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Tag Archives: CBCT

CurveBeam Is the Innovator in 3D Orthopedic Imaging Technology

Cone beam computed topography, or CBCT, has become the standard of care in orthopedic imaging. This technology has revolutionized the practices of doctors in the orthopedic and podiatric industry. Automatic measurement tools lead to better patient outcomes with the added convenience of point-of-care advanced diagnostics. CurveBeam’s goal is to lead the way with cutting-edge innovations in orthopedic imaging. CurveBeam not only adopts new technology quickly, but is increasingly setting the standard.

CurveBeam imaging products are designed specifically to analyze extremities, especially knees, ankles, and feet. These compact, affordable units give specialists high-quality, weight-bearing 3D views of a patient’s foot and ankle. Scans are low-dose, so units don’t require shielding or dedicated facilities. Units are lightweight, mobile, and require no special power sources, so they can easily become an essential tool in virtually any practice.

In the past, doctors had to interpret images manually. CurveBeam’s software uses artificial intelligence to predict a patient’s future prognosis and recommend a comprehensive treatment plan. Providers will find this advanced capability directly impacts their practice, resulting in improved diagnostics, streamlined workflow, and greater productivity.

CurveBeam is an innovator setting the standard of care in orthopedic imaging. Check out our video below to learn more about this exciting technology!

CBCT Technology is Increasingly Used by Orthopedists and Podiatrists

Cone beam computed topography (CBCT) systems are becoming popular with orthopedists and podiatrists because they quickly provide high-quality, low-dose, 3D imaging of musculoskeletal conditions. Dentists and podiatrists have been using CBCT technology for years, but the pedCAT by CurveBeam is designed specifically for extremities: especially knees, ankles, and feet. This compact, affordable unit gives specialists bilateral, weight-bearing 3D views of the foot and ankle, allowing physicians to create comprehensive treatment plans. In a Radiology Today article titled “Imaging in the Extremities,” Beth W. Orenstein, a freelance medical writer, examines this new technology.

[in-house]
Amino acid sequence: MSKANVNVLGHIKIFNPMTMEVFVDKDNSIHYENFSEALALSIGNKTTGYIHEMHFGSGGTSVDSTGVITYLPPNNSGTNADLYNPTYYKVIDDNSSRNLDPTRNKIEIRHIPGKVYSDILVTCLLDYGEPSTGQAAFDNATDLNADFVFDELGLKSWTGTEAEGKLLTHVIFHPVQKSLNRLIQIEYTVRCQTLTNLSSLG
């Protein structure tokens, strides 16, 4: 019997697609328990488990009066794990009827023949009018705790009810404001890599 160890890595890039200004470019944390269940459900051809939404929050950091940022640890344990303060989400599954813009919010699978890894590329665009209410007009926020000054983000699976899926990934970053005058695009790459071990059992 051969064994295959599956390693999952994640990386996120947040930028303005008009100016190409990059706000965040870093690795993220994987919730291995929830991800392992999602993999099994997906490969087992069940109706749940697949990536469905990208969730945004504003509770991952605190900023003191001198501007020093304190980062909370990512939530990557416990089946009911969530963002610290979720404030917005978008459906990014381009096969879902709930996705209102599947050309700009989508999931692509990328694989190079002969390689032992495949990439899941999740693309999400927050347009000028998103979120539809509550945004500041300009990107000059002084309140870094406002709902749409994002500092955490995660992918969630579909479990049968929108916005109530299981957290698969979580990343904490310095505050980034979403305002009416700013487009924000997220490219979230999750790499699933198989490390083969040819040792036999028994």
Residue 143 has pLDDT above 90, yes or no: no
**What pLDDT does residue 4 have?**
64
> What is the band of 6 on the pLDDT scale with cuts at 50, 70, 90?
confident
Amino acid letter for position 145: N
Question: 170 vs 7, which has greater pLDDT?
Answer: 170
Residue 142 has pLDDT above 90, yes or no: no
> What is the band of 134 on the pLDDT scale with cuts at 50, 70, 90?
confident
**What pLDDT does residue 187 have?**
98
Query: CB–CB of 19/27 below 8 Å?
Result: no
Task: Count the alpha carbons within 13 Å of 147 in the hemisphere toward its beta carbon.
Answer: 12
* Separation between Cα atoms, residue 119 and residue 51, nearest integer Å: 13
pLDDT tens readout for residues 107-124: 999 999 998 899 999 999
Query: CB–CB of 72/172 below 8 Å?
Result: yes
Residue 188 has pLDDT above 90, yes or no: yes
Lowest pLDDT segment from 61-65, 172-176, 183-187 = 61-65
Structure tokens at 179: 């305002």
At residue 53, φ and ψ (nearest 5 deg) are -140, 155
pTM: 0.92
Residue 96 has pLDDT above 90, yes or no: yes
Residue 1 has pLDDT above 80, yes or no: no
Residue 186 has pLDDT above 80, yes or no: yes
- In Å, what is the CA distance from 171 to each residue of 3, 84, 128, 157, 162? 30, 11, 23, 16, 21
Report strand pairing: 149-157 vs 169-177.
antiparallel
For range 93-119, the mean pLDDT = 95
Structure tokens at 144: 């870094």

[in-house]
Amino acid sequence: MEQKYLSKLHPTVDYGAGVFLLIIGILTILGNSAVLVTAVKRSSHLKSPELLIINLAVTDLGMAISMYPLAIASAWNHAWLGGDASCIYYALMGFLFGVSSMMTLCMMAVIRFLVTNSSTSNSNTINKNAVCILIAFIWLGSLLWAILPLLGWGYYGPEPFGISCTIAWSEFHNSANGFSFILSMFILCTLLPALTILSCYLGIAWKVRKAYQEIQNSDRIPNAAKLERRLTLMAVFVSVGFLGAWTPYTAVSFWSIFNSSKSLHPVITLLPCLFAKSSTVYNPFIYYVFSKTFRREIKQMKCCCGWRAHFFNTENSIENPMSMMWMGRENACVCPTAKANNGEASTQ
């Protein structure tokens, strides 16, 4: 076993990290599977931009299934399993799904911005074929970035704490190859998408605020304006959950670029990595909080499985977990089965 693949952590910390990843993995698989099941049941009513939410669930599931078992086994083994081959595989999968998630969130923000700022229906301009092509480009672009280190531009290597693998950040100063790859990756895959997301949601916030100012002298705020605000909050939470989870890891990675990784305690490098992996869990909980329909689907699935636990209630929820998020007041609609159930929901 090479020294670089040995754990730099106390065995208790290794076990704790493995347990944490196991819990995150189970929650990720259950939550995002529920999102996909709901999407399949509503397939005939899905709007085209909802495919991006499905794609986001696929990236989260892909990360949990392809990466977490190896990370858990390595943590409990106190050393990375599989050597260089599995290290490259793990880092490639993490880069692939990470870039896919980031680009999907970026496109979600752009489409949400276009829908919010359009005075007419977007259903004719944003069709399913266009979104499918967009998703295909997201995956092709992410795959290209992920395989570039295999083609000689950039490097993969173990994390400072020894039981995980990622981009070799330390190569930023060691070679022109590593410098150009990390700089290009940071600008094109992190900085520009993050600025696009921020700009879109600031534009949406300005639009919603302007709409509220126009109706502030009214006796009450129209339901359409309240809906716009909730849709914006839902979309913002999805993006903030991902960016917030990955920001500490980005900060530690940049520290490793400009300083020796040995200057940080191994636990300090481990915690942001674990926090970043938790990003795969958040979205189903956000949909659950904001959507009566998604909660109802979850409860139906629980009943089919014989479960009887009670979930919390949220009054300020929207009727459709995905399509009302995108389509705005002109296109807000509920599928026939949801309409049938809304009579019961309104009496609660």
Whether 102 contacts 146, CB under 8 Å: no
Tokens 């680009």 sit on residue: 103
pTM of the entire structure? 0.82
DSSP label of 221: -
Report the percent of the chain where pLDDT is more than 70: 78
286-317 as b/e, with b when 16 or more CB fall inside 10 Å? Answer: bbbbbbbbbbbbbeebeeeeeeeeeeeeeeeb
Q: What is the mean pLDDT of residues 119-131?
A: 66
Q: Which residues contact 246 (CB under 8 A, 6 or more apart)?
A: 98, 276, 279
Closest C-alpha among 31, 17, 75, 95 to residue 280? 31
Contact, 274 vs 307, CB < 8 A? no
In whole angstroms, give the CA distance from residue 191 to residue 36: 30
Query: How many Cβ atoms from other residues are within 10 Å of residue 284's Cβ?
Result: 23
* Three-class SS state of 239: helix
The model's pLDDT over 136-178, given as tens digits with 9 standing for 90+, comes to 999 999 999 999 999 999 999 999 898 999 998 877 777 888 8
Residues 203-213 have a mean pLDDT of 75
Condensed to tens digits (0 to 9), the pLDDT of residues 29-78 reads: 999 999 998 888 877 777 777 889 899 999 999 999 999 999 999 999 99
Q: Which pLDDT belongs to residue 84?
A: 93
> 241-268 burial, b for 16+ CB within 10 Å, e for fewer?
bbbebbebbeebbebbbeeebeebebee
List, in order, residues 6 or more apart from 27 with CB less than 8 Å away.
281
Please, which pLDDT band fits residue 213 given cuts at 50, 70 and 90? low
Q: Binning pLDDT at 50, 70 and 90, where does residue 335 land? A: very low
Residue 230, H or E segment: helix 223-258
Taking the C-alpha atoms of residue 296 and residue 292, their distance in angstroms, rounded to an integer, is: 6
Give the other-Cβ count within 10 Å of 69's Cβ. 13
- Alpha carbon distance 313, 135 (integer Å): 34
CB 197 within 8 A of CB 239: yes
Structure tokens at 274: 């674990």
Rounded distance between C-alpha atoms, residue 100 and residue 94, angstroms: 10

There are a number of advantages to these new compact CBCT units. First, they have a larger area detector by which to image the patient in a single rotation, rather than taking many slices as with a tradition CT scanner. This feature eases system operation and reduces scan time. The pedCAT, for example, scans a patient in about one minute. Second, CBCT units can be located outside radiology departments, since they typically don’t require a lead-lined room or a special power source. Third, providers will find that CBCT positively impacts their practice, with improved diagnostic capabilities, streamlined workflow, and greater productivity. Finally, patients benefit with an easy-access unit that provides same-day results from a single brief visit.

CBCT provides other benefits to orthopedists and podiatrists, as well, such as the ability to produce load-bearing images. Load-bearing images of extremities, such as feet and ankles, may reveal alignment abnormalities that a conventional CT scan might miss. And CBCT offers improved spatial resolution over other methods, such as traditional CT scans or X-rays. One of the biggest benefits, though, is the transmission of a far smaller radiation dose. The tube current on a conventional CT scan typically ranges between 50 mA and 300 mA, and even an ultralow-dose setting would be between 20 mA and 60 mA. CurveBeam’s pedCAT, by contrast, has a fixed tube current of just 3mA, and the patient is exposed to 2 to 5 micro Sieverts per scan—less than the average background radiation a U.S. resident experiences daily.

Of course, there are also several challenges in adopting CPCT technology. For example, since CBCT uses a completely different image acquisition technology, comparing scans with conventional CT is difficult. The lack of dose and image quality assessment standards for CBCT limits accreditation. And since a unit like the pedCAT automatically generates all standard X-Ray views in addition to the full CT volume, many orthopedists and podiatrists feel they can interpret the images themselves in-house. In fact, some radiologists fear that point-of-care units could negatively impact their role as specialists. But other radiologists argue that the sophistication required in interpreting CT scan results will keep their expert services in demand.

In the future, CBCT units may even be used in emergency departments, as well, since the unit takes up so little space. The pedCAT’s footprint, for example, is about four feet by five feet. This means a CPCT scanner could be easily relocated where needed since it is relatively lightweight and mobile.

Read ““Imaging in the Extremities” by Beth W. Orenstein here: http://www.radiologytoday.net/archive/rt0317p16.shtml